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(Forensics: WinHex)

{ Very Basic Byte Level Checking }

Background Information
  • Background
    • WinHex is in its core a universal hexadecimal editor, particularly helpful in the realm of computer forensics, data recovery, low-level data processing, and IT security. An advanced tool for everyday and emergency use: inspect and edit all kinds of files, recover deleted files or lost data from hard drives with corrupt file systems or from digital camera cards. License type comparison.


  • Reference Link: 


  1. Login to your Instructor VM, as username administrator
    • For those of you that do not have access to my class, Instructor VM is a Windows XP Operating System.


  2. On the Instructor VM, go to
    • Scroll down and click on Download (See Below)


  3. Click on Save (See Below).


  4. Save to C:\tools\winhex


  5. Click on Open Folder


  6. Right Click on, and Extract All


  7. Click on Next


  8. Click on Next


  9. Click On Finish


Section 1: Run winhex
  1. On Your Instructor VM


  2. Click on Run


  3. Once winhex loads for the first timeyou will see a window similar to the below.
    • Select Computer Forensics Interface.
    • Click on OK


  4. File Examination 1
    • The picture below is the first file you will examine with winhex.
    • Please following the next steps


  5. Right Click on the Below Picture
    • Select "Save Picture As..." (See Below)


  6. Save the picture in
    • C:\tools\winhex\myfiles


  7. Navigative your Windows Explorer to C:\tools\winhex\myfiles
    • Right click on unknown_file.jpb
    • Click on Rename


  8. Rename unknown_file.jpg to unknown_file
    • Answer Yes, when warned about the file becoming unusable.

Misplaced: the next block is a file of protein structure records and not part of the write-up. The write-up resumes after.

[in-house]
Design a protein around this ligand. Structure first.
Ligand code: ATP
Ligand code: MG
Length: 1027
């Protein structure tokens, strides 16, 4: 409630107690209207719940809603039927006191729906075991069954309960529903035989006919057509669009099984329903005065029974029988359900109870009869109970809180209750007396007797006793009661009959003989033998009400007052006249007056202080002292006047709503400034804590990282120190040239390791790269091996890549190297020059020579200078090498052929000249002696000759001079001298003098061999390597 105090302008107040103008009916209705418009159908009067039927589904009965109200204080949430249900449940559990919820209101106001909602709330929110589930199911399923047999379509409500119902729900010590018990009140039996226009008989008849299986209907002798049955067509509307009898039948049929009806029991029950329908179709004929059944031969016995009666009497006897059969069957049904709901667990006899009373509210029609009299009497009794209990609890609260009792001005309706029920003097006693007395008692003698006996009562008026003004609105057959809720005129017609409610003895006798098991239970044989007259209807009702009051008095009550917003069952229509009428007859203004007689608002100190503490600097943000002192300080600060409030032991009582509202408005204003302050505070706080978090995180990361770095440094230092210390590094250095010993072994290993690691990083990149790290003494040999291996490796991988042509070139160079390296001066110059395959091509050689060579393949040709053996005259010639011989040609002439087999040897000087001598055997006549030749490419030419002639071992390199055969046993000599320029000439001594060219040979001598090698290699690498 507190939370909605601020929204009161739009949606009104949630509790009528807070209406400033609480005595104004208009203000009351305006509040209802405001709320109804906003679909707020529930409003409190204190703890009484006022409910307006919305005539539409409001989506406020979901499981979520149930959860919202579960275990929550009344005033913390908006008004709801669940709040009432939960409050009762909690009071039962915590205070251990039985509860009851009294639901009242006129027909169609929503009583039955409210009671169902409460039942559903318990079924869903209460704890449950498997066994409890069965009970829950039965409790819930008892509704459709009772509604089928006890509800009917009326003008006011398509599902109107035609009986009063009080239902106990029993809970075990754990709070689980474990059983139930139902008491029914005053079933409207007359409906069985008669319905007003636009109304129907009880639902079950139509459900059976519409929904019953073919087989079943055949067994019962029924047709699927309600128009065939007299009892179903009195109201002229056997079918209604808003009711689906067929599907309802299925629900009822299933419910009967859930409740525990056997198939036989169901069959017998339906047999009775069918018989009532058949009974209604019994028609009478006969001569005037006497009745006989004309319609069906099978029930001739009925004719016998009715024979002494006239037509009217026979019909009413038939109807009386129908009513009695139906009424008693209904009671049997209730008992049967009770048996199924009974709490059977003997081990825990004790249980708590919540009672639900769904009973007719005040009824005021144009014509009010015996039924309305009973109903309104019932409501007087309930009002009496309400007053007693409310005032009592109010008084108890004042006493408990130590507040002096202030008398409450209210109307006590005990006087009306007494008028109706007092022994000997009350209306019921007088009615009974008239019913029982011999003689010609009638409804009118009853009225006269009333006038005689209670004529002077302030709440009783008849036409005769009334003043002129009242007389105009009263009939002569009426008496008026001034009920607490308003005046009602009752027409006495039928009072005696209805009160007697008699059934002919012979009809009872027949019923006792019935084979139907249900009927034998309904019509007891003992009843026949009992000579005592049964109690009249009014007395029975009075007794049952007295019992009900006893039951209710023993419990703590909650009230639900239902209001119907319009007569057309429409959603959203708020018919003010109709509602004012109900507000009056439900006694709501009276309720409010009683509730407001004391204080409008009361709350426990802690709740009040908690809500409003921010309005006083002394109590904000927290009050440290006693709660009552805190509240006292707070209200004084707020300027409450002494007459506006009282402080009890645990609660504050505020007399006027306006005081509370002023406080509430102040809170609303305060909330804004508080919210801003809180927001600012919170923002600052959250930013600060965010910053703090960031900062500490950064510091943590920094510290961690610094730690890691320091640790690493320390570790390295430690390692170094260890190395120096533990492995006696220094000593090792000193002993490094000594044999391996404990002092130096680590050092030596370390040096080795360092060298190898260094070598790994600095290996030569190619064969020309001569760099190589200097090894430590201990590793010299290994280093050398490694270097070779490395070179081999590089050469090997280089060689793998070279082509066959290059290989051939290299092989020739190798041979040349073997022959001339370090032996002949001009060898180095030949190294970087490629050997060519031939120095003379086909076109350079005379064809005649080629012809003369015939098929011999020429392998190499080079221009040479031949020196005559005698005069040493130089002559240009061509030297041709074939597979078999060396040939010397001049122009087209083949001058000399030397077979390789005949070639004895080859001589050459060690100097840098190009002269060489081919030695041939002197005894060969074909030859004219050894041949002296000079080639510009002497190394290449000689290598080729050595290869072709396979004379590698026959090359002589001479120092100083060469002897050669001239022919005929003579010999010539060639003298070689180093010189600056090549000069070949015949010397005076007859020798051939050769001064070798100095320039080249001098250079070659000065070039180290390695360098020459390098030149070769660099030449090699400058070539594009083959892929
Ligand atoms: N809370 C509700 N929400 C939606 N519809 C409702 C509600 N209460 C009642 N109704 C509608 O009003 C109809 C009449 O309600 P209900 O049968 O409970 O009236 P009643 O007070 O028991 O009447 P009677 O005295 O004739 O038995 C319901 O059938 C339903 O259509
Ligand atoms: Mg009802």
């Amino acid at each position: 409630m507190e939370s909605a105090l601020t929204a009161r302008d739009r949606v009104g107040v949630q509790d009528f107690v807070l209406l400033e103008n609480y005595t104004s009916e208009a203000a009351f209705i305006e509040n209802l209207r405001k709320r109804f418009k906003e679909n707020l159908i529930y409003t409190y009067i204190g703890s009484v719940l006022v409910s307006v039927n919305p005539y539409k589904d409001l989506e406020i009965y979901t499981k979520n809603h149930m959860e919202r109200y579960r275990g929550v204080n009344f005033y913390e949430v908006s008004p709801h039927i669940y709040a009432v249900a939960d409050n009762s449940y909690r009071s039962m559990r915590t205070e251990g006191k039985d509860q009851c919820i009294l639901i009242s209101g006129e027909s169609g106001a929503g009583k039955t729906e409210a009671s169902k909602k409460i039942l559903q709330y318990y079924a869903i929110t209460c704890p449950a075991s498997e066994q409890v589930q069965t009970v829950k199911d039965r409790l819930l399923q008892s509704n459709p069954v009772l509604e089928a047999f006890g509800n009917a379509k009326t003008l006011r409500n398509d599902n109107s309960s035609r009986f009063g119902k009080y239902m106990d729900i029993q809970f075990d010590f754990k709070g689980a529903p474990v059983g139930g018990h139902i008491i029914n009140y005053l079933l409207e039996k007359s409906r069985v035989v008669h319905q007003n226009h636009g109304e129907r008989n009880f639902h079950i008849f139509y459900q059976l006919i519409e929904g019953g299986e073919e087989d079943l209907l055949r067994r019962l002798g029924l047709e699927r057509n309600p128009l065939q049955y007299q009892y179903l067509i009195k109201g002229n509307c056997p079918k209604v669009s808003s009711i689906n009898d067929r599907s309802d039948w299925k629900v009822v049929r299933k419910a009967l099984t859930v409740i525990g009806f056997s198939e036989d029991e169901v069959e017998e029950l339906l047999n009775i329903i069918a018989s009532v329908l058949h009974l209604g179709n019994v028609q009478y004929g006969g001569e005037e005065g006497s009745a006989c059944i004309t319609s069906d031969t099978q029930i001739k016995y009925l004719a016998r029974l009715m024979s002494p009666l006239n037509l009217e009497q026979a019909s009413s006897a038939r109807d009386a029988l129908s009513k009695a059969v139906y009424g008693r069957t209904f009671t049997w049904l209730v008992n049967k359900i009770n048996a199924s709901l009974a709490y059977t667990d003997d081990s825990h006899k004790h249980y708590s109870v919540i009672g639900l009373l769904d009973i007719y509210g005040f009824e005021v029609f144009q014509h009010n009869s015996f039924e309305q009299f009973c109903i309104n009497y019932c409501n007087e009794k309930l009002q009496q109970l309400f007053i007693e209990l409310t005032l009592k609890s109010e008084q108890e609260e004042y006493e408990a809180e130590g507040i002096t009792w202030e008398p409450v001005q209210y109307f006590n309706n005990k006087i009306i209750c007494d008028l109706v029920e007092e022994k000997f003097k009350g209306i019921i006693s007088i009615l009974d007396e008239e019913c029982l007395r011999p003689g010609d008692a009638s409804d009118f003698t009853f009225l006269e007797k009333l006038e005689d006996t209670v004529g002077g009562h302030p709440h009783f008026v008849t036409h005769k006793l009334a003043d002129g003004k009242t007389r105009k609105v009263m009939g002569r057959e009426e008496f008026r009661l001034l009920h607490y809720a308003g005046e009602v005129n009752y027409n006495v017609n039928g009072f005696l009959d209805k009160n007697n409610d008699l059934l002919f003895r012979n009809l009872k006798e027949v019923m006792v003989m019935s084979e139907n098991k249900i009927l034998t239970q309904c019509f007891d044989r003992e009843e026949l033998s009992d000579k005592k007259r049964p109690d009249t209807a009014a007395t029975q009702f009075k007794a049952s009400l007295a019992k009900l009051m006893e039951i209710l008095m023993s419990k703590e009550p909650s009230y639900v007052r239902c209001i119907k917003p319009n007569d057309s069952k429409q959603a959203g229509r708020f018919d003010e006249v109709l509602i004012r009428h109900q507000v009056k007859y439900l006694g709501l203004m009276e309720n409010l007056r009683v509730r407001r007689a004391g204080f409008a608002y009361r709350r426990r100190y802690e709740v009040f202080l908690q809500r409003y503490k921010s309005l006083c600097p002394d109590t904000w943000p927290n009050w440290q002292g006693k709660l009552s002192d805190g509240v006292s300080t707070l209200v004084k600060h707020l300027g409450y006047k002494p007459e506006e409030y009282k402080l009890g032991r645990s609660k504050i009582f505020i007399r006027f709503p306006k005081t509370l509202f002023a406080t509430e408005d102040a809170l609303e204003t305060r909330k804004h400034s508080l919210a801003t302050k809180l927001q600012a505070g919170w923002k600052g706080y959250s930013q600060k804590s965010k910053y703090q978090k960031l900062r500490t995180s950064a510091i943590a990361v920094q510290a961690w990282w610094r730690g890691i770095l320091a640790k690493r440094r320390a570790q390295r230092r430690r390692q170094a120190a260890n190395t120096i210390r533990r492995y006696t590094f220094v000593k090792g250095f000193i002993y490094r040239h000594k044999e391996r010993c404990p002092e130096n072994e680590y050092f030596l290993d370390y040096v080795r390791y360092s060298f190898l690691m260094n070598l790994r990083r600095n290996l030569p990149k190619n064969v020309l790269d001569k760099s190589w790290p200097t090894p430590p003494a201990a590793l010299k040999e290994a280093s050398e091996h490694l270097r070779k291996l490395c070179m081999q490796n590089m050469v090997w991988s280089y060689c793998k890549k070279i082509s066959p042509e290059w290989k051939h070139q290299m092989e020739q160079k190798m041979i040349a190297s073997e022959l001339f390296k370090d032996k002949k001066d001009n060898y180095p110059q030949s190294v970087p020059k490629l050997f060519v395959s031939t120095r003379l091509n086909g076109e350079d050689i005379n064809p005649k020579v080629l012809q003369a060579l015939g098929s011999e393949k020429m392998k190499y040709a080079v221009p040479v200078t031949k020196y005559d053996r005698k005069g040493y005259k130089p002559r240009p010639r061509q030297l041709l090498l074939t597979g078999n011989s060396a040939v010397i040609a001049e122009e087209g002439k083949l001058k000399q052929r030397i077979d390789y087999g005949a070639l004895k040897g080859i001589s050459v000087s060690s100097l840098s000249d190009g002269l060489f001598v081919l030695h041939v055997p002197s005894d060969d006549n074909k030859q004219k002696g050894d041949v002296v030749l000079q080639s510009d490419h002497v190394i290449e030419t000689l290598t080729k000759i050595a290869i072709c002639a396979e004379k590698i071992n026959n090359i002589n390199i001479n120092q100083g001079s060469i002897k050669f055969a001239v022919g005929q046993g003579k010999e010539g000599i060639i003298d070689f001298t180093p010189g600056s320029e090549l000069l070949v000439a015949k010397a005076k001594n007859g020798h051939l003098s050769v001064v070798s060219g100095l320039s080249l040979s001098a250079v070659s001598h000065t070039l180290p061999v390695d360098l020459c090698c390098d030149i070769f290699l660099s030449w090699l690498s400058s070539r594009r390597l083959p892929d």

Section 2: Using winhex to look at an unknown file type
  1. On Your Instructor VM


  2. Click on Run


  3. Click on File, then Click on Open


  4. Navigate to C:\tools\winhex\myfiles
    • Click on file unknown_file.
    • Click on Open


  5. Scroll over to the far left
    • Notice on the first line it says JFIF.  This is indicative of a JPEG file.
    • Congratulations you have completed your first Byte Wise inspection of a file.


Section 3: Using winhex to look at an encrypted file
  1. Download Encrypted File Here.
    • Click Save


  2. Save File to C:\tools\winhex\myfiles


  3. On Your Instructor VM


  4. Click on Run


  5. Click on File, then Click on Open


  6. Navigate to C:\tools\winhex\myfiles
    • Click on file .pgpass.gpg.
    • Click on Open


  7. Scroll Over to the Far Right
    • Notice that there is no relevant information that tells you what this file is about.
    • It was first compressed with gzip, then it was encrypted with gpg.


Proof of Lab
  1. Do a screen print of Section 2, Step 5. 
  2. Paste to a word document
  3. Submit to moodle.


























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